Wall Street recruiters receive their fill of curious applications, with some aspirants inflating GPA figures and test scores, and others presenting overwrought or bluffed accounts of job skills and experience. But one Wall Street hopeful drew praise and intrigue Monday after penning a  cover letter  with precisely the opposite intent. An interviewer at a boutique investment firm in Manhattan noticed with great surprise the letter’s plain and almost blithe mention of the applicant’s lack of extraordinary qualifications, while emphasizing his inclination to work “ . . . for next to nothing.” For those who haven’t founded a business, written a best-selling novel, or solved the hunger crisis by their sophomore year, a little honesty and realism can evidently prove refreshing to potential employers.

After an introduction, the applicant went on to write the following :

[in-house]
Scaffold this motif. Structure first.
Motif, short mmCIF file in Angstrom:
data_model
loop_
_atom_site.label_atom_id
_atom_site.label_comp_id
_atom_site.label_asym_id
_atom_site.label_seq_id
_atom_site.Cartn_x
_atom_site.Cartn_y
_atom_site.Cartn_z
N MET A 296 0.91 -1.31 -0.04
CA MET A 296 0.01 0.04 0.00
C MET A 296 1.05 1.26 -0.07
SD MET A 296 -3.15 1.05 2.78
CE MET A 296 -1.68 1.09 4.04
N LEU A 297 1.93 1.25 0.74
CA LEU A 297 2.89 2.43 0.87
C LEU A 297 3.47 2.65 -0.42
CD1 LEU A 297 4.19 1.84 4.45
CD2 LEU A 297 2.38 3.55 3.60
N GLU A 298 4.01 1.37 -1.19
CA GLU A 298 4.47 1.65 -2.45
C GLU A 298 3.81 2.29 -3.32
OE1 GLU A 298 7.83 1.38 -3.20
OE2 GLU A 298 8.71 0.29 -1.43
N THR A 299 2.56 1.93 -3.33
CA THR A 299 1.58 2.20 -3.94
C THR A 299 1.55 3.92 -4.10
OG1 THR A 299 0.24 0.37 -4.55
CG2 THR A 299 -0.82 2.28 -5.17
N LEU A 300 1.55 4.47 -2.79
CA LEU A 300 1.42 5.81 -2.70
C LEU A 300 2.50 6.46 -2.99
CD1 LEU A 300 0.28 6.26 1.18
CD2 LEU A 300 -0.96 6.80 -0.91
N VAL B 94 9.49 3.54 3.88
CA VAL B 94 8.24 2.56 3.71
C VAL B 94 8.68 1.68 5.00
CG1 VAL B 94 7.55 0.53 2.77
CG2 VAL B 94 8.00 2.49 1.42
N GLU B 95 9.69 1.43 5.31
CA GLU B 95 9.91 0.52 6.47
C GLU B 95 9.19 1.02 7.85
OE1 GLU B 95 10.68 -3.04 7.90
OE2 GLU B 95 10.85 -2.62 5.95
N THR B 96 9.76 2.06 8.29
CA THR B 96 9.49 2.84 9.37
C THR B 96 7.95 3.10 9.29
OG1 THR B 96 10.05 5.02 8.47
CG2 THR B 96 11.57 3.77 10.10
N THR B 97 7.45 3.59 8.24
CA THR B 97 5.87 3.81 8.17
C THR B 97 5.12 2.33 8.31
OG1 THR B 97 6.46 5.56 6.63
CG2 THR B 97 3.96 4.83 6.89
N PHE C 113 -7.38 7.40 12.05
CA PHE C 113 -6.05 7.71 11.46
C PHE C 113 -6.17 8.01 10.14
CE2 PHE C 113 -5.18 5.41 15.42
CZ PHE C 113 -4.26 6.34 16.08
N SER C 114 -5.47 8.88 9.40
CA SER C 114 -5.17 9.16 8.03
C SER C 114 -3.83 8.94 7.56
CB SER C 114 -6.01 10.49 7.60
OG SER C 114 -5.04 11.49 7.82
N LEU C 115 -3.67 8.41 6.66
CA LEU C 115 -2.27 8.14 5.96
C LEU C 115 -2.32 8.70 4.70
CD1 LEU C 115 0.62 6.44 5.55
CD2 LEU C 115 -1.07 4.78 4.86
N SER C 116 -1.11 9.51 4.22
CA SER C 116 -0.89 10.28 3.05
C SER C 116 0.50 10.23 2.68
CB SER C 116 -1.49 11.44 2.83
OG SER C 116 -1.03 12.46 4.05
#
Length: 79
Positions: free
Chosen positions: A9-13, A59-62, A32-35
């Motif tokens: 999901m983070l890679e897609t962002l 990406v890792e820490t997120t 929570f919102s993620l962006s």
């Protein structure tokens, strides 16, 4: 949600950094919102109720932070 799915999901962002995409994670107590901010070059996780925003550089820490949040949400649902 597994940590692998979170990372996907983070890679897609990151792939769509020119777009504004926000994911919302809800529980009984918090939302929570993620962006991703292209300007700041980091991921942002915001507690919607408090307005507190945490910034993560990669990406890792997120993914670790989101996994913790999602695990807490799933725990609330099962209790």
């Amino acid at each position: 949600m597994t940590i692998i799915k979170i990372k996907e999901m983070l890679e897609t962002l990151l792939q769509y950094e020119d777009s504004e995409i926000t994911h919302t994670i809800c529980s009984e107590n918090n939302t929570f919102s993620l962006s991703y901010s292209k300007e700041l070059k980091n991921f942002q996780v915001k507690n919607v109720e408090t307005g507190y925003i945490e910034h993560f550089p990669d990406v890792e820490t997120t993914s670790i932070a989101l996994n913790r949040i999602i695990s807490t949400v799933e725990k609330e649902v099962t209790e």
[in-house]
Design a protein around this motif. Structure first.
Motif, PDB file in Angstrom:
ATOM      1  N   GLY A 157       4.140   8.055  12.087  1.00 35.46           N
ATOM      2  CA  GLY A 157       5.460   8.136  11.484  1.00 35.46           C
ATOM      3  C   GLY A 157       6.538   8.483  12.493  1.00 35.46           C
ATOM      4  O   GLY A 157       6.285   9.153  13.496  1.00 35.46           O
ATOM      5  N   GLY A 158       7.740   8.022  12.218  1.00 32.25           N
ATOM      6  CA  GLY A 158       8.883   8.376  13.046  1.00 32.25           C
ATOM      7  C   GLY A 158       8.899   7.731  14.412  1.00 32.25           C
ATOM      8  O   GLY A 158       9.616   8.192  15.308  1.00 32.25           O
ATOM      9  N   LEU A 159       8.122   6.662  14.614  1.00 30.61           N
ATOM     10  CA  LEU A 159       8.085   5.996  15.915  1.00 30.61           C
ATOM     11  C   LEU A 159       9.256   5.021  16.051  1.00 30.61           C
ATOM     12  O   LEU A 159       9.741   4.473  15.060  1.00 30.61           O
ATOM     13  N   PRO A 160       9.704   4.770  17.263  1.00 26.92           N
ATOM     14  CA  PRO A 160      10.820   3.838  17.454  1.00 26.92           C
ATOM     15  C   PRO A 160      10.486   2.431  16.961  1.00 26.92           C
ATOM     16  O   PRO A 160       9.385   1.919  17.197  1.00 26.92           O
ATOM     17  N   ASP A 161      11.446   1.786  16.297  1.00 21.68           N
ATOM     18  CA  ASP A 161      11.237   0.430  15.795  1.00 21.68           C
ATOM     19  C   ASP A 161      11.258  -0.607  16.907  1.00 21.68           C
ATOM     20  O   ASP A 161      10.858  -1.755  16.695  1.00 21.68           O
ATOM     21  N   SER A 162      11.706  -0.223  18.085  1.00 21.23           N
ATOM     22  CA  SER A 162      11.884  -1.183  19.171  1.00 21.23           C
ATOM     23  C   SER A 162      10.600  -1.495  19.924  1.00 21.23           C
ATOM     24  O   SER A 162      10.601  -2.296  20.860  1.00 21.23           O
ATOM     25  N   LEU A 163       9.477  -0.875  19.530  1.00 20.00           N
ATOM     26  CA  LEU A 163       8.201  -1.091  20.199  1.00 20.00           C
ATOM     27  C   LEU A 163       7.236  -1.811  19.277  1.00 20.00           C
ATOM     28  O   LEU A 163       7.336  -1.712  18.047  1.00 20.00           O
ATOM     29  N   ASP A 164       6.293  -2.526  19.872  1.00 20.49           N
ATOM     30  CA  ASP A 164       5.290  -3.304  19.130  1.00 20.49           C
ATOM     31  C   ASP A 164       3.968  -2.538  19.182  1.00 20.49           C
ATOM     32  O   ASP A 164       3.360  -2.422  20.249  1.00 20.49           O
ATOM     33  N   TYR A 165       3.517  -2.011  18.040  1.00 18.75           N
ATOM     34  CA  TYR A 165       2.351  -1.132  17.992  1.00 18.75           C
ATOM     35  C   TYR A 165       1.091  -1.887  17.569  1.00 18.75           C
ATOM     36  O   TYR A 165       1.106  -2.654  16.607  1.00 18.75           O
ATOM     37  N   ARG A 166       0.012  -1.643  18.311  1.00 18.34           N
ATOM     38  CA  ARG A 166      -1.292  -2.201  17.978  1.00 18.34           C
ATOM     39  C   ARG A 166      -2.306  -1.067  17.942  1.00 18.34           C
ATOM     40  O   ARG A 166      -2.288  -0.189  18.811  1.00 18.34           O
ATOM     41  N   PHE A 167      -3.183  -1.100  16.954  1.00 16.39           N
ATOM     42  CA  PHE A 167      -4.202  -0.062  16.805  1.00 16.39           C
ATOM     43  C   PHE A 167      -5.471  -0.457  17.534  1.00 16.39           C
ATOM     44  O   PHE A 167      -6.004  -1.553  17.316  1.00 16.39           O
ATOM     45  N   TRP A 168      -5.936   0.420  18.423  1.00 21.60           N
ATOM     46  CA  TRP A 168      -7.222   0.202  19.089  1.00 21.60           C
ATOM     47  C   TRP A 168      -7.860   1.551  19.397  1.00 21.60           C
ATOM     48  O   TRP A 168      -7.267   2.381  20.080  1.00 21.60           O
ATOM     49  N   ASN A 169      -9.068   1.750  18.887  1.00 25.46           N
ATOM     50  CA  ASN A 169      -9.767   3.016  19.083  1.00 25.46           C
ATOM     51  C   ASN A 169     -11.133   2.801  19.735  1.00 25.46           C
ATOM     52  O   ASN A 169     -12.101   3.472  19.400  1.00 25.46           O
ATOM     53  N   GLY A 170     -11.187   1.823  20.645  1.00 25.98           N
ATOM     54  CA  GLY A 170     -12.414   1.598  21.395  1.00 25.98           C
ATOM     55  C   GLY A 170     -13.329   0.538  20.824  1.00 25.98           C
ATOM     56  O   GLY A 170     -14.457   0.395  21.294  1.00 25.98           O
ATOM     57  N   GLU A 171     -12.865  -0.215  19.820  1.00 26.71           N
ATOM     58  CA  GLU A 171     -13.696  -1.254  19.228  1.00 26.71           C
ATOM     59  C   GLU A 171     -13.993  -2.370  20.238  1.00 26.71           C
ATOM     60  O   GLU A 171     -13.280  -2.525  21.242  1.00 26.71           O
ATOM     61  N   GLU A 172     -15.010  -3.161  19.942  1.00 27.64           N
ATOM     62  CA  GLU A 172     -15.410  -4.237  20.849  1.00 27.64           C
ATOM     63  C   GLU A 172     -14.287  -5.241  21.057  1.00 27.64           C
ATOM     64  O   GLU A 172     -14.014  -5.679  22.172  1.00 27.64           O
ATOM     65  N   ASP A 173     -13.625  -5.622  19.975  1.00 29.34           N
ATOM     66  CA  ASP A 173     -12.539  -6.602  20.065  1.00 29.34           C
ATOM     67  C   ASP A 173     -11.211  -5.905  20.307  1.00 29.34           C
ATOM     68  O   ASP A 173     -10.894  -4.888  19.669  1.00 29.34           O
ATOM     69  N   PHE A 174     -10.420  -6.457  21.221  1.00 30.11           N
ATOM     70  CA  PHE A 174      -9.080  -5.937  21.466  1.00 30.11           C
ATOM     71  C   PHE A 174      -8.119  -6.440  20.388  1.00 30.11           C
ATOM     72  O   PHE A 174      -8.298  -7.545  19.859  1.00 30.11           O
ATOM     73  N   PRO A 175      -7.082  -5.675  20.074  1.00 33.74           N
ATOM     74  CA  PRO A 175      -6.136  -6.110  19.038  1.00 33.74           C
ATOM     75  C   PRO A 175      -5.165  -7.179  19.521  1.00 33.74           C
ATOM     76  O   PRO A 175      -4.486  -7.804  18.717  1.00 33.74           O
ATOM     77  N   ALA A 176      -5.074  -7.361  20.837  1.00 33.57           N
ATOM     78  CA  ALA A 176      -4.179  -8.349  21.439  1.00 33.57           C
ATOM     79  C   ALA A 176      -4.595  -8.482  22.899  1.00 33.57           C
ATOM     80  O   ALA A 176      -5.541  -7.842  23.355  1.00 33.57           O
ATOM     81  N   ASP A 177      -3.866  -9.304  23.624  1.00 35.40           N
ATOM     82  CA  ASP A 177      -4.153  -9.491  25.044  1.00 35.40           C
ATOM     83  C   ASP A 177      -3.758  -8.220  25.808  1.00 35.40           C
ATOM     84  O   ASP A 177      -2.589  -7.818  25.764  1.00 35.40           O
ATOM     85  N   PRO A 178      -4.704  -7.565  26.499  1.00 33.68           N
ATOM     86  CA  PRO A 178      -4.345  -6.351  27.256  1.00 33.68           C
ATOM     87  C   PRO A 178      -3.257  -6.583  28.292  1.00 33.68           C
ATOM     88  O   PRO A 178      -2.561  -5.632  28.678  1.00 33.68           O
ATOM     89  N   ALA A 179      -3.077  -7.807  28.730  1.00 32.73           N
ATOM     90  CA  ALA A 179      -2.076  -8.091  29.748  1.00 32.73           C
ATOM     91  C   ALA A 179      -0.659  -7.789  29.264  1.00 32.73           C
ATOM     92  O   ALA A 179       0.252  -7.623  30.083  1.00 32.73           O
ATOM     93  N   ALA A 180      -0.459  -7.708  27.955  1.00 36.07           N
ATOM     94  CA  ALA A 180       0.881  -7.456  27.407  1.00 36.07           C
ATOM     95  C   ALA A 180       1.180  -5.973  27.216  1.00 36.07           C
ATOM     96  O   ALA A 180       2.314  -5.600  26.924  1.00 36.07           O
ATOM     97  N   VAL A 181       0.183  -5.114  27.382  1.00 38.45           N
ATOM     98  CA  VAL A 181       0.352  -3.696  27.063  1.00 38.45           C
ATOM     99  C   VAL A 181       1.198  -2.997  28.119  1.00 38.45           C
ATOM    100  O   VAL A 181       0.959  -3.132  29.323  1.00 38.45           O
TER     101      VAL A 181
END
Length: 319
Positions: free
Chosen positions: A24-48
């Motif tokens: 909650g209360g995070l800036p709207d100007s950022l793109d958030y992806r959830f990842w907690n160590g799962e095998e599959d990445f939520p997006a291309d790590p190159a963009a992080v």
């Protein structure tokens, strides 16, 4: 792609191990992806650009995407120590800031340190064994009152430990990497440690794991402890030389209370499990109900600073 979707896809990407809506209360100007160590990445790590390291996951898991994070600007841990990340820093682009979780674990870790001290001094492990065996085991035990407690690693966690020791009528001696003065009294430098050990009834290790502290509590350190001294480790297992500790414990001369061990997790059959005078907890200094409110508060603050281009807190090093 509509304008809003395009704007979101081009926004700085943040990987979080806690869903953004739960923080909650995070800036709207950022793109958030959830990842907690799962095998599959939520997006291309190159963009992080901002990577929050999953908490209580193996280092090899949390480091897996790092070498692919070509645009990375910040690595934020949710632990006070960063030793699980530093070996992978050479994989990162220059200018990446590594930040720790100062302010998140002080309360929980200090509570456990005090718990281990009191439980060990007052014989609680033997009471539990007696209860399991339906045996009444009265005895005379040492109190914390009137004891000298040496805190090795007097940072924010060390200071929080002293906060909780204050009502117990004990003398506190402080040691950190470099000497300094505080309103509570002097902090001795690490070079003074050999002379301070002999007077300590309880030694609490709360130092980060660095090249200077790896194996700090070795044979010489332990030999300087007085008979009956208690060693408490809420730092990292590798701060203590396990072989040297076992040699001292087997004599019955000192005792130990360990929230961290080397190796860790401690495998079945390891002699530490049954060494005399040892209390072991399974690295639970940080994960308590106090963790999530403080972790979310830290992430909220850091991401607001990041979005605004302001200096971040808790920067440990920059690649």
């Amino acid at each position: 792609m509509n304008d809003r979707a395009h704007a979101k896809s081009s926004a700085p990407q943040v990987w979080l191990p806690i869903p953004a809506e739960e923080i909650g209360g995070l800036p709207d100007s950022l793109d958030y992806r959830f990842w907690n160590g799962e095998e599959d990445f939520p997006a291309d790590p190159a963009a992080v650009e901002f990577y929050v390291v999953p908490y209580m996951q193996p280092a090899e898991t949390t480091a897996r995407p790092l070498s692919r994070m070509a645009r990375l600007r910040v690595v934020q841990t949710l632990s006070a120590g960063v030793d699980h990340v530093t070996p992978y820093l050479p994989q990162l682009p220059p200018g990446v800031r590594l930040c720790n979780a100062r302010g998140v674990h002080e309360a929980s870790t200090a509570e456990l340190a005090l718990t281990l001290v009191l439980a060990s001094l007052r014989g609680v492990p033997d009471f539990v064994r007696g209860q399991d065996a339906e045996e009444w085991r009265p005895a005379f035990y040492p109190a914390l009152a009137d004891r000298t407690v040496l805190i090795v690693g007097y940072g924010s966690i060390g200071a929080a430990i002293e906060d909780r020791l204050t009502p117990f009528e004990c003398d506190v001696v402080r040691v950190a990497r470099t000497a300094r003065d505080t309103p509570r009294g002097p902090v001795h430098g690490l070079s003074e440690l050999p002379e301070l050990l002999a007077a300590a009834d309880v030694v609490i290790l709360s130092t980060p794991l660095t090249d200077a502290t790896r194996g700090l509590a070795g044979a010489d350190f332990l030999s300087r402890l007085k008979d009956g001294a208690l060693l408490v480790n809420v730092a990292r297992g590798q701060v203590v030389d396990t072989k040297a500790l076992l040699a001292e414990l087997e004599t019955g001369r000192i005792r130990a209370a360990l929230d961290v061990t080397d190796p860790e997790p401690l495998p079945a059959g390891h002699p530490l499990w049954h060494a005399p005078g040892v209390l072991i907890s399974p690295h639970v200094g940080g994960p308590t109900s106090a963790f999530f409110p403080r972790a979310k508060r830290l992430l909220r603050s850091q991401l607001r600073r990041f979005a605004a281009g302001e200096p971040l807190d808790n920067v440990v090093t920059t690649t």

I am writing you to inquire about a possible summer internship in your office. I am aware it is highly unusual for undergraduates from average universities like [redacted] to intern at [redacted], but nevertheless I was hoping you might make an exception. I am extremely interested in investment banking and would love nothing more than to learn under your tutelage. I have no qualms about fetching coffee, shining shoes or picking up laundry, and will work for next to nothing. In all honesty, I just want to be around professionals in the industry and gain as much knowledge as I can.

I won’t waste your time inflating my credentials, throwing around exaggerated job titles, or feeding you a line . . . about how my past experiences and skill set align perfectly for an investment banking internship. The truth is I have no unbelievably special skills or genius eccentricities, but I do have a near perfect GPA and will work hard for you. I’ve interned for Merrill Lynch in the Wealth Management Division and taken an investment banking class at [redacted], for whatever that is worth.


In the ensuing exchanges amongst the bankers charged with vetting the candidate, the mood was decidedly in favor of granting an interview.

Articles by Kevin Staley-Joyce

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